The Aspergillus fumigatus transcriptional activator CpcA contributes significantly to the virulence of this fungal pathogen

Department of Molecular Microbiology and Genetics, Institute for Microbiology and Genetics, Georg-August-University Göttingen, Grisebachstr. 8, D-37077 Göttingen, Germany.
Molecular Microbiology (Impact Factor: 4.42). 06/2004; 52(3):785-99. DOI: 10.1111/j.1365-2958.2004.04015.x
Source: PubMed


We have cloned and characterized the Aspergillus fumigatus cpcA gene encoding the transcriptional activator of the cross-pathway control system of amino acid biosynthesis. cpcA encodes a functional orthologue of Saccharomyces cerevisiae Gcn4p. The coding sequence of the 2.2 kb transcript is preceded by two short upstream open reading frames, the larger one being well conserved among Aspergilli. Deletion strains in which either the coding sequence or the entire locus are replaced by a bifunctional dominant marker are impaired in their cross-pathway control response upon amino acid starvation, as demonstrated by analyses of selected reporter genes and specific enzymatic activities. In a murine model of pulmonary aspergillosis, cpcAdelta strains display attenuated virulence. Pathogenicity is restored to wild-type levels in strains with reconstitution of the genomic locus. Competitive mixed infection experiments additionally demonstrate that cpcAdelta strains are less able to survive in vivo than their wild-type progenitor. Our data suggest that specific stress conditions are encountered by A. fumigatus within the mammalian host and that the fungal cross-pathway control system plays a significant role in pulmonary aspergillosis.

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    • "Fungal amino acid biosynthesis is vital to the pathogen metabolism and a conserved transduction cascade which links the environmental stimuli to amino acid homeostasis is the cross-pathway control (CPC) system. cpcA gene in A. fumigatus encodes the transcriptional activator of the CPC system of amino acid biosynthesis and the cpcA null mutant displayed attenuated virulence in a murine model of pulmonary aspergillosis [72]. "
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    ABSTRACT: The interplay between Aspergillus fumigatus and the host immune response in lung infection has been subject of studies over the last years due to its importance in immunocompromised patients. The multifactorial virulence factors of A. fumigatus are related to the fungus biological characteristics, for example, structure, ability to grow and adapt to high temperatures and stress conditions, besides capability of evading the immune system and causing damage to the host. In this context, the fungus recognition by the host innate immunity occurs when the pathogen disrupts the natural and chemical barriers followed by the activation of acquired immunity. It seems clear that a Th1 response has a protective role, whereas Th2 reactions are often associated with higher fungal burden, and Th17 response is still controversial. Furthermore, a fine regulation of the effector immunity is required to avoid excessive tissue damage associated with fungal clearance, and this role could be attributed to regulatory T cells. Finally, in this work we reviewed the aspects involved in the complex interplay between the host immune response and the pathogen virulence factors, highlighting the immunological issues and the importance of its better understanding to the development of novel therapeutic approaches for invasive lung aspergillosis.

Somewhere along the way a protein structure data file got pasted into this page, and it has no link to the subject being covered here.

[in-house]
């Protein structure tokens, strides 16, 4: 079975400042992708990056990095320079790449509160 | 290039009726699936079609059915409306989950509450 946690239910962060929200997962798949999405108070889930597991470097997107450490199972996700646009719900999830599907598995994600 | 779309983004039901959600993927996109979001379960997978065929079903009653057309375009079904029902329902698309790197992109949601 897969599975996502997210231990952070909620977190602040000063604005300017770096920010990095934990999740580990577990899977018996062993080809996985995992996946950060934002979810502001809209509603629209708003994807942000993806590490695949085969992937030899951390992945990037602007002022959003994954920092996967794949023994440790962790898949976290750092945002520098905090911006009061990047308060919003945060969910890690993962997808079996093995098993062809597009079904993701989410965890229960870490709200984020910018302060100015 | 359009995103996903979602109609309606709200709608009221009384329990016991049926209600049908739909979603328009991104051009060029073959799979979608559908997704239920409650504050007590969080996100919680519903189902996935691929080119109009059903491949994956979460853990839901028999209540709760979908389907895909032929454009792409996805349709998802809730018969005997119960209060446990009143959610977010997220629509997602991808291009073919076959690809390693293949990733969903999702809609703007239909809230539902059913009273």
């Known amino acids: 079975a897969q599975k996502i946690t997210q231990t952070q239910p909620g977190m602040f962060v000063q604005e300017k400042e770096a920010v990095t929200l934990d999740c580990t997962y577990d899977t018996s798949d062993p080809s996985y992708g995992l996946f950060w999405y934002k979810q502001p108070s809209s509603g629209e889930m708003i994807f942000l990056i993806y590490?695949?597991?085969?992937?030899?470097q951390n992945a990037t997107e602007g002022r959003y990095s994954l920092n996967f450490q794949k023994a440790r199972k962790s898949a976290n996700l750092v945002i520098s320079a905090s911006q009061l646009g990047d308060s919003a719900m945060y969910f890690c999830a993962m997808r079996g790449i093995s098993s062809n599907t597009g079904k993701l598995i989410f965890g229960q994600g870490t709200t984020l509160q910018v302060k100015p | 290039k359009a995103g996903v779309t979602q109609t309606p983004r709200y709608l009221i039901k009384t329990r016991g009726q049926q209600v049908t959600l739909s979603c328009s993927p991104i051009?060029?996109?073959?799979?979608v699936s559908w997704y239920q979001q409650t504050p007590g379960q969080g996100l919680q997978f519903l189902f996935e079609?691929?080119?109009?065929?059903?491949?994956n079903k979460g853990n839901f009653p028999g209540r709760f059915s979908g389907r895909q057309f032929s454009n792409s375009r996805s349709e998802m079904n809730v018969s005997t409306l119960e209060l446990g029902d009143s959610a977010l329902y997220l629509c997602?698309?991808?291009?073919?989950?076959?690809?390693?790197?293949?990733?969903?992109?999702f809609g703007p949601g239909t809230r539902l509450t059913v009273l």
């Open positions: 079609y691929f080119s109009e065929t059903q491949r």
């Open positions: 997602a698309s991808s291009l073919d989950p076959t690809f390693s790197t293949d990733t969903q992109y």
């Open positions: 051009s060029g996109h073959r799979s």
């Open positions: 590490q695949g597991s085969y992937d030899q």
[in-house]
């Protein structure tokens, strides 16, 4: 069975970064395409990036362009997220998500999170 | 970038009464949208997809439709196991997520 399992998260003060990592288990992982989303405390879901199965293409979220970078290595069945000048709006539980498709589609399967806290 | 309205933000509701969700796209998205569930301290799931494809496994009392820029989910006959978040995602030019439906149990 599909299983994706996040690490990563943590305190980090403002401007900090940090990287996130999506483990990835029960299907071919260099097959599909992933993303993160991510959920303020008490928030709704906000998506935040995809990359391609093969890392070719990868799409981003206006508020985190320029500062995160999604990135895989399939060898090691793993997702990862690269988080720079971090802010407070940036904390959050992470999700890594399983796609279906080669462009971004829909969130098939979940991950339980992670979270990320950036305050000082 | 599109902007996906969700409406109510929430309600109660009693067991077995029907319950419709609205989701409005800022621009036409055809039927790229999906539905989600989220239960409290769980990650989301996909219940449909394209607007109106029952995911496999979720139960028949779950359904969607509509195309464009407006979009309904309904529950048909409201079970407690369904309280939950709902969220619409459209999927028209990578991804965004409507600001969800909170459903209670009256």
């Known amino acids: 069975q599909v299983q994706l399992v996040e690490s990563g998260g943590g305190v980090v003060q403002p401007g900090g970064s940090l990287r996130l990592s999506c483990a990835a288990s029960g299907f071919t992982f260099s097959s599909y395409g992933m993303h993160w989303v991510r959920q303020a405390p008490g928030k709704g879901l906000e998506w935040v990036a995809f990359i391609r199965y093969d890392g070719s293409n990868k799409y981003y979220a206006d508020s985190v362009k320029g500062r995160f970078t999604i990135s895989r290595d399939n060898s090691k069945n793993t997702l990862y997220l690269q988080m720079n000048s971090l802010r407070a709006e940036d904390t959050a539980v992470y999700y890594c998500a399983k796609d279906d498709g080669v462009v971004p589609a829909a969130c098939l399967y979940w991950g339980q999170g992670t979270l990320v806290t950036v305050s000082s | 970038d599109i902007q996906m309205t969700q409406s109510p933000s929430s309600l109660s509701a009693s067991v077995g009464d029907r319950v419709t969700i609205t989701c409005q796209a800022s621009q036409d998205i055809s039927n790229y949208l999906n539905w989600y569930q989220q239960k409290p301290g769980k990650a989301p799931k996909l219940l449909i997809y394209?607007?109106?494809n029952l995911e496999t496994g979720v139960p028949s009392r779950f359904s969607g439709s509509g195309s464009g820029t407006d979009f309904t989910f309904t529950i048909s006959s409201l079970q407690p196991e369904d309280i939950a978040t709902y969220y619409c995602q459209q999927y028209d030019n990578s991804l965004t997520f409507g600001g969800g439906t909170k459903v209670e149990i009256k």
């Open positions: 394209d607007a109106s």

07/2013; 2013(4816):693023. DOI:10.1155/2013/693023
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    • "CpcA binds to CPRE (cross-pathway control recognition elements) that locate not only within the promoter region of target genes but also within its own CpcA promoter, resulting in increased transcript levels for the activator (Hoffmann et al. 2001). A requirement of CpcA for pathogenicity of the human opportunistic pathogen A. fumigatus had been demonstrated (Krappmann et al. 2004) but the role of CpcA homologs in plant-pathogenic fungi is unclear. Transcript levels of the CpcA homolog CPC1 gene of the plant-pathogen V. longis porum increased when cultivated in the presence of plant xylem sap and suggested an imbalanced amino-acid supply (Singh et al. 2010). "